8. I want to embrace my local life.

I found this in one of my journals recently. Looks like I’ve been wrestling with this longer than I thought: “Write to reach many / Disciple to reach few / Social media is the convoluted place of trying to disciple many.” I have been wrestling for so long with how to live in real life while also loving to write. Substack seems like a fresh way that we can have community (the comments sections are LIVELY!) without feeling like I’m an InstaLeader/Teacher. It’s less about the persona of an individual and more about the community and content.

9. I like to read.

I can barely read long-form content anymore. This book-lover is struggling to pick up a book with the blaring siren song of my phone calling. Friends, I love a good meme! My sister and I DM each other our favorites all the time. I love the little bits of content I see but it has eaten away at my reading time in the last few years. On that note…

10. My brain is frying from Insta-size content.

No joke, since I’ve been more active on social media the past 3 months as we had staff changes, my memory is foggier. I can’t remember things as well as before. Yes, Substack is still on my phone but what a far cry scrolling till my thumb’s sore is from a thought-provoking article that challenges me. Substack is like the slow-living movement for content. It’s like walking into a library and asking what you want to learn today. It’s not a place of mindless scrolling. Substack is also the virtual writing cabin of my dreams. It’s where I can sit with something and not worry about how I need to present it to get the most engagement. If you want to read it, it’s right here. If you don’t, that’s ok too.

If you think this is crazy or asking, who would pay to read a blog? I’ll share this:

I’ve been thinking about Substack for a year. At first, it felt crazy to me too. And over the year, I’ve poured a lot of prayer into what will be next for me. I’ve prayed about how to do the work God has given me a desire to do when it feels like the urgent keeps winning out. I feel confident that this is the next step but it doesn’t mean I’m expecting it to make sense to everyone or even look successful on paper. My aim isn’t to become a millionaire through Substack. I simply want to see what’s possible when I can finally make writing a priority knowing I’m committed to keep writing for everyone who’s committed to me.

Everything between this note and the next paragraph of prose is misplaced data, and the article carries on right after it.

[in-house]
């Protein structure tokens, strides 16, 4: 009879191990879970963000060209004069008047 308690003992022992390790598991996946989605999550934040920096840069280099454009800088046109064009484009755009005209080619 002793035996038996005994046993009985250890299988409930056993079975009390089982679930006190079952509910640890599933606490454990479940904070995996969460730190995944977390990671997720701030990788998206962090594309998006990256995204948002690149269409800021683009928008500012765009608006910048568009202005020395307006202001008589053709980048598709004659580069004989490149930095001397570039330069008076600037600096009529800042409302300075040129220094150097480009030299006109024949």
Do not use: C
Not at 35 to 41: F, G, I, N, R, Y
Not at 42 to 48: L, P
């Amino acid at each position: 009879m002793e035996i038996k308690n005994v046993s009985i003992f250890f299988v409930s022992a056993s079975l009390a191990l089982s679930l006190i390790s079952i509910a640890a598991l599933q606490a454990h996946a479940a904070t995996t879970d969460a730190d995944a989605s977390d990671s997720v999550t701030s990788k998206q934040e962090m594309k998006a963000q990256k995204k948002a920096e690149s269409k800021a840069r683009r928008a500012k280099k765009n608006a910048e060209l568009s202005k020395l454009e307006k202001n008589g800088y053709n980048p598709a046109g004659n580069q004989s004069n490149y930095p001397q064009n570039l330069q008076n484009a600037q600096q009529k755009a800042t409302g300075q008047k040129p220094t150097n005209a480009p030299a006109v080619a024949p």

I’m excited to see and I hope you will enjoy the ride just as much as I do. I’ve heard some Substackers compare a subscription to the idea of patrons in the old days where wealthy art lovers would support an artist so they could take time to work on their craft. It’s a lovely idea but to be honest, one that makes me uncomfortable to think anyone would do that for me just so I could do what I love. My hope is that the value you receive will change your life. That you’ll start asking questions where maybe you’ve never thought to ask questions. And hopefully, we’ll answer a few along the way too.

I know Substack will not be for everyone. If you’re a curious reader who misses the old-school blog days, I think you’ll love it. If your jam is memes or videos, I can’t promise you’ll like Substack at all. If you like memes, but desire a slower pace and challenging content, give it a spin.

Here’s the goal and vision of Asking Questions:

Ever since I picked up a steno pad in journalism, I’ve been asking too many questions. Sometimes it embarrasses my husband. Sometimes it transforms my life. Striving for more of the latter.